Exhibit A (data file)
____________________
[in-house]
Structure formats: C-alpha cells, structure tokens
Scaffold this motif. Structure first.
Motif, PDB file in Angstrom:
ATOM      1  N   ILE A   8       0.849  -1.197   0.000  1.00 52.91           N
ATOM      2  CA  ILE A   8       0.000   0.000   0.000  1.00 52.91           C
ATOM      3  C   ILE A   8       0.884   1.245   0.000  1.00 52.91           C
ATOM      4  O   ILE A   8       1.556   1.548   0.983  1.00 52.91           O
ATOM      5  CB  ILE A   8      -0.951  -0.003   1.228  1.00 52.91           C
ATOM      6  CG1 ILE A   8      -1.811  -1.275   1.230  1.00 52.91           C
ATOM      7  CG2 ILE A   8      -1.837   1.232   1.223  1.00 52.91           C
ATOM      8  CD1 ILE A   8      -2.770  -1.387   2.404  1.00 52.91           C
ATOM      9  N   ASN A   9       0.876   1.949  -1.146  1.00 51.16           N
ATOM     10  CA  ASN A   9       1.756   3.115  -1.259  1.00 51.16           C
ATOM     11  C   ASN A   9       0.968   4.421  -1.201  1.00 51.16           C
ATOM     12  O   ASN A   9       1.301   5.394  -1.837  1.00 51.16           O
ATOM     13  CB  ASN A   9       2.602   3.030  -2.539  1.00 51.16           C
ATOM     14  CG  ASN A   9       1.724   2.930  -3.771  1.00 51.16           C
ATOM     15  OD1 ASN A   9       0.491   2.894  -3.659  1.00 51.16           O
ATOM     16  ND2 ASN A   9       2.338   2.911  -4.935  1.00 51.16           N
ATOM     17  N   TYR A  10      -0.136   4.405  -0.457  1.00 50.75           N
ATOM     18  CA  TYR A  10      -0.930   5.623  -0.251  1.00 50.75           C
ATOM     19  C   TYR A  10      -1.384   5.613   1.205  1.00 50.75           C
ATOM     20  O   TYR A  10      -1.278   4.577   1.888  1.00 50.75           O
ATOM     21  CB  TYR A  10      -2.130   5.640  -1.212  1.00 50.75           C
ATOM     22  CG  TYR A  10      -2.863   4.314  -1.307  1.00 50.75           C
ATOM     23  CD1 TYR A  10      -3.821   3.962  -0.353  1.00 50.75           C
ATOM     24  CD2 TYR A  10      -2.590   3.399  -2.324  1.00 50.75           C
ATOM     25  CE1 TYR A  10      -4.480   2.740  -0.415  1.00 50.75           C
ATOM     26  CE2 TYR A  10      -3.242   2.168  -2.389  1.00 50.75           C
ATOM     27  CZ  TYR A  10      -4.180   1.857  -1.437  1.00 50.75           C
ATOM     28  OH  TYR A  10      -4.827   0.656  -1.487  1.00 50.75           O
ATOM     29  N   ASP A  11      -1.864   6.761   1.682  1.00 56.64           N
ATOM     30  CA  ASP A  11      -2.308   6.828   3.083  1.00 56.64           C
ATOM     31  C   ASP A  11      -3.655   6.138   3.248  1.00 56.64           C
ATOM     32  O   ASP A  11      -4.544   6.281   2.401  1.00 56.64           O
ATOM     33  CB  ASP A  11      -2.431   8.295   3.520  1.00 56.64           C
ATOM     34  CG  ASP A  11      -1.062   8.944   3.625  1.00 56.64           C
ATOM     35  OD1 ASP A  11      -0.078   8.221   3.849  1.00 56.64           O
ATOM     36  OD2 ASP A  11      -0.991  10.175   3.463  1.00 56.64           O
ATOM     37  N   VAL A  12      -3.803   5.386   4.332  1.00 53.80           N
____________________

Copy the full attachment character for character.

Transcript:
[in-house]
Structure formats: C-alpha cells, structure tokens
Scaffold this motif. Structure first.
Motif, PDB file in Angstrom:
ATOM      1  N   ILE A   8       0.849  -1.197   0.000  1.00 52.91           N
ATOM      2  CA  ILE A   8       0.000   0.000   0.000  1.00 52.91           C
ATOM      3  C   ILE A   8       0.884   1.245   0.000  1.00 52.91           C
ATOM      4  O   ILE A   8       1.556   1.548   0.983  1.00 52.91           O
ATOM      5  CB  ILE A   8      -0.951  -0.003   1.228  1.00 52.91           C
ATOM      6  CG1 ILE A   8      -1.811  -1.275   1.230  1.00 52.91           C
ATOM      7  CG2 ILE A   8      -1.837   1.232   1.223  1.00 52.91           C
ATOM      8  CD1 ILE A   8      -2.770  -1.387   2.404  1.00 52.91           C
ATOM      9  N   ASN A   9       0.876   1.949  -1.146  1.00 51.16           N
ATOM     10  CA  ASN A   9       1.756   3.115  -1.259  1.00 51.16           C
ATOM     11  C   ASN A   9       0.968   4.421  -1.201  1.00 51.16           C
ATOM     12  O   ASN A   9       1.301   5.394  -1.837  1.00 51.16           O
ATOM     13  CB  ASN A   9       2.602   3.030  -2.539  1.00 51.16           C
ATOM     14  CG  ASN A   9       1.724   2.930  -3.771  1.00 51.16           C
ATOM     15  OD1 ASN A   9       0.491   2.894  -3.659  1.00 51.16           O
ATOM     16  ND2 ASN A   9       2.338   2.911  -4.935  1.00 51.16           N
ATOM     17  N   TYR A  10      -0.136   4.405  -0.457  1.00 50.75           N
ATOM     18  CA  TYR A  10      -0.930   5.623  -0.251  1.00 50.75           C
ATOM     19  C   TYR A  10      -1.384   5.613   1.205  1.00 50.75           C
ATOM     20  O   TYR A  10      -1.278   4.577   1.888  1.00 50.75           O
ATOM     21  CB  TYR A  10      -2.130   5.640  -1.212  1.00 50.75           C
ATOM     22  CG  TYR A  10      -2.863   4.314  -1.307  1.00 50.75           C
ATOM     23  CD1 TYR A  10      -3.821   3.962  -0.353  1.00 50.75           C
ATOM     24  CD2 TYR A  10      -2.590   3.399  -2.324  1.00 50.75           C
ATOM     25  CE1 TYR A  10      -4.480   2.740  -0.415  1.00 50.75           C
ATOM     26  CE2 TYR A  10      -3.242   2.168  -2.389  1.00 50.75           C
ATOM     27  CZ  TYR A  10      -4.180   1.857  -1.437  1.00 50.75           C
ATOM     28  OH  TYR A  10      -4.827   0.656  -1.487  1.00 50.75           O
ATOM     29  N   ASP A  11      -1.864   6.761   1.682  1.00 56.64           N
ATOM     30  CA  ASP A  11      -2.308   6.828   3.083  1.00 56.64           C
ATOM     31  C   ASP A  11      -3.655   6.138   3.248  1.00 56.64           C
ATOM     32  O   ASP A  11      -4.544   6.281   2.401  1.00 56.64           O
ATOM     33  CB  ASP A  11      -2.431   8.295   3.520  1.00 56.64           C
ATOM     34  CG  ASP A  11      -1.062   8.944   3.625  1.00 56.64           C
ATOM     35  OD1 ASP A  11      -0.078   8.221   3.849  1.00 56.64           O
ATOM     36  OD2 ASP A  11      -0.991  10.175   3.463  1.00 56.64           O
ATOM     37  N   VAL A  12      -3.803   5.386   4.332  1.00 53.80           N